If you are squeamish or having dinner, this story may not be for you😳
As some of you may already know from following our stories, one of our woolly girls, Vera, has been plagued by “the itchies” all summer.
She has developed photosensitisation due to (most likely) eating a plant containing an alkaloid which then causes, in some cases, an allergic reaction to the sun.
Her condition slowly develops with the advance of summer, and then dwindles with the onset of autumn. During the height of summer, Vera can often be found on her own seeking shelter in the pig ark or the lambing shed, somewhere away from the sun’s rays. Exposure to the sun causes her un-woolled parts to become red and itchy and gets worse after shearing.
A complication arising from this is haematomas of the ear caused by shaking of the head as a result of the itching and general irritation. Blood vessels then burst which in turn causes swelling and more discomfort.
It’s a vicious cycle and poor Vera has been in and out of the inspection pen almost daily while we applied udder cream to her sore skin, (we used to use sudocreme but have since discovered udder cream to be much better). We’ve also been giving her steroid injections on and off through the summer to help with the swelling, and we’ve also been checking her daily for the shepherd’s nemesis; blowfly activity, aka maggots, (the blowfly have been quite a problem this summer). Lately we’ve added another job to our Vera care, we’ve been cleaning her ear with cotton wool dipped in hibiscrub as her left ear has been leaking puss recently, probably due to the haemotoma becoming infected.
If you’re eating whilst reading this, you may want to finish first 😉
Two weeks ago, Vera’s ear started to look quite bad, it was already swollen from the haematoma, but the addition of the puss and blood made it look even worse. The appearance of puss and blood sounds worse than it actually is. If “stuff” was coming out of the ear that meant that it was draining and the infection would eventually clear by itself, it’s the body’s way of getting rid of things. But we needed to watch her carefully and make sure infection didn’t take hold. Sheep are very stoical and will be brave for a long time before giving up over-night. So we upped our checks and also phoned the vet to check if we should be doing anything other than the daily hibiscrub clean up. We were advised to give her a long acting antibiotic and to keep keeping an eye on her.
We duly did this, we gave her her first jab of Betamox yesterday and wiped her ear clean whilst being thankful there are hardly any flies around now what with it being September.
Today we had hoped to see some small improvement, but poor Vera seemed to be shaking her head more, and her ear was still enormous, almost fit to burst.
We had a cup of tea and decided to call the vet out to have a look, just to be sure. We didn’t think the infection was draining fast enough, it looked as though things were backing up, and although the antibiotic would be a safety net for Vera, it wouldn’t stop the immediate discomfort caused by the pulsating swelling.
The vet came out this very afternoon, it was Linda. Linda, like the rest of the team at the local vet surgery is gentle, caring and very knowledgeable. She knows Vera well, and Vera also knows Linda though tends to give her a wide berth!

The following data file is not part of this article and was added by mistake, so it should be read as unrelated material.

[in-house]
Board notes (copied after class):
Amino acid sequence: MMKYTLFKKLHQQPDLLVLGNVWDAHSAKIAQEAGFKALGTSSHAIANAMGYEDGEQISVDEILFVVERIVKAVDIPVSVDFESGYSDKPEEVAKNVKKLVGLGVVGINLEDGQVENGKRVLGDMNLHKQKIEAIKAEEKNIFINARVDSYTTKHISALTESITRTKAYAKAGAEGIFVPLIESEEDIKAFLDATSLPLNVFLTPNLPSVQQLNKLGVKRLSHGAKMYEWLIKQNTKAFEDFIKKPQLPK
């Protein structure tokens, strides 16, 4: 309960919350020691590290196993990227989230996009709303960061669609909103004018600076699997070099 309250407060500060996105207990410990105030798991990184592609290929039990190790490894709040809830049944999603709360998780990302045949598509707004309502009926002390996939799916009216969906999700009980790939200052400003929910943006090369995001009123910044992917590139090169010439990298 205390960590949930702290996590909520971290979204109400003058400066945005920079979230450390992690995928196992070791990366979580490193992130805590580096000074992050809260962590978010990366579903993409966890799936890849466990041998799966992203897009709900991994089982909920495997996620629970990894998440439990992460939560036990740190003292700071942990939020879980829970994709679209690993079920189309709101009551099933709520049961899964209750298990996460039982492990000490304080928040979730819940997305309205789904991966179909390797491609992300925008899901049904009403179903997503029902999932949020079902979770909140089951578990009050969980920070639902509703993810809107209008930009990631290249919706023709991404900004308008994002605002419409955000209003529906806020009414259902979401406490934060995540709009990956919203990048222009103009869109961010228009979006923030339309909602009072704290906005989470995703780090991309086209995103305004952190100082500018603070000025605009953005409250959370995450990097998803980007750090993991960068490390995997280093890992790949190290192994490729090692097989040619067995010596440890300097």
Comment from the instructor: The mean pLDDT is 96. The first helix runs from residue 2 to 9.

So before Linda arrived we penned Vera up.
Once Linda arrived we got to work, we knew what Linda would be doing would be quite invasive and we had to keep Vera as still as possible.
We backed Vera into a corner and Adrian made sure she didn’t swing her rump round and try a three point turn. I supported her head, while Linda held her ear and got to work.
First she inspected it closely and confirmed our suspicions, there was an infection going along the whole length of the ear. There were two main “pockets” of infection, one at the tip end, and one at the other bottom end.
There was already a small escape route at the bottom end where blood had been seeping out for the last week or so. However Linda wasn’t sure if the two pockets were connected and wasn’t keen on lancing both sites as there are lots of blood vessels in the ear.
She decided to work at the top end where the blood vessels are more spaced out and there would be less risk of nicking one.
She inserted a needle into the first pocket and squeezed.
Turn away now if you’re squeamish.
Quite a lot of puss came out, but not enough.
So Linda asked us to get some warm water and hibiscrub, she wanted to squirt water through to completely wash it out.
Now here’s the interesting part, it turned out both infection sites were connected, so when Linda injected warm water through at the top, out it came at the bottom! This was excellent news, it meant that we could wash her ear out in one go, without having to repeat the operation.
As Linda sloshed warm water through using her syringe, all I could think about as I watched what was coming out the other end, was toothpaste. It was truly fascinating, and weirdly exciting. Vera for her part was relaxing into the process, chewing cud and giving the occasional sigh. At times she looked up, stretching her neck with her eyes half closed, it must have been like having a very itchy spot scratched, deep below the surface, a spot which has been itchy for a long time, what a relief!
When there was no more toothpaste coming out and only clear water, we all came up for air. We were a bit spattered but very happy. Vera’s ear looked much better, it was still a bit swollen from the internal damage caused by the haematoma, but it had lost that red, angry look. We gave Vera a wee treat of her favourite sheep nuts and led her out to join the others.
We thanked Linda and said goodbye, put the kettle on and had some tea and plum crumble, I almost declined the cream but decided I was too hungry to say no 😋